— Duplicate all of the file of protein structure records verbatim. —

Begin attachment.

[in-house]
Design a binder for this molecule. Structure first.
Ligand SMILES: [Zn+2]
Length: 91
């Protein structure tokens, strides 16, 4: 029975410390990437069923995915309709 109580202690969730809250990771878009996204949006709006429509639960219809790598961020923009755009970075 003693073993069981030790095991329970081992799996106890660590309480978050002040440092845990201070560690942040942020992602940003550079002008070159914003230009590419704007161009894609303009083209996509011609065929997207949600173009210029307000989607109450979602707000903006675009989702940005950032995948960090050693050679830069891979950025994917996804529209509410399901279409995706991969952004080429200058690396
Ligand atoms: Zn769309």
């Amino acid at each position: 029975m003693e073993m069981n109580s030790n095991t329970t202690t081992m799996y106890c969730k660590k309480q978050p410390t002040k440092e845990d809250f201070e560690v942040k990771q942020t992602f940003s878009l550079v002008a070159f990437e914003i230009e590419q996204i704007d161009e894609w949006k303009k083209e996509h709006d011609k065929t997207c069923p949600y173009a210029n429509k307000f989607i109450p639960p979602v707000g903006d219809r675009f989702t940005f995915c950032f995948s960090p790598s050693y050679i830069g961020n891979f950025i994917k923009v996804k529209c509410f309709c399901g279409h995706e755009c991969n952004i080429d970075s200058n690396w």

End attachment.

[in-house]
Design a binder for this molecule. Structure first.
Ligand SMILES: [Zn+2]
Length: 91
């Protein structure tokens, strides 16, 4: 029975410390990437069923995915309709 109580202690969730809250990771878009996204949006709006429509639960219809790598961020923009755009970075 003693073993069981030790095991329970081992799996106890660590309480978050002040440092845990201070560690942040942020992602940003550079002008070159914003230009590419704007161009894609303009083209996509011609065929997207949600173009210029307000989607109450979602707000903006675009989702940005950032995948960090050693050679830069891979950025994917996804529209509410399901279409995706991969952004080429200058690396
Ligand atoms: Zn769309």
């Amino acid at each position: 029975m003693e073993m069981n109580s030790n095991t329970t202690t081992m799996y106890c969730k660590k309480q978050p410390t002040k440092e845990d809250f201070e560690v942040k990771q942020t992602f940003s878009l550079v002008a070159f990437e914003i230009e590419q996204i704007d161009e894609w949006k303009k083209e996509h709006d011609k065929t997207c069923p949600y173009a210029n429509k307000f989607i109450p639960p979602v707000g903006d219809r675009f989702t940005f995915c950032f995948s960090p790598s050693y050679i830069g961020n891979f950025i994917k923009v996804k529209c509410f309709c399901g279409h995706e755009c991969n952004i080429d970075s200058n690396w």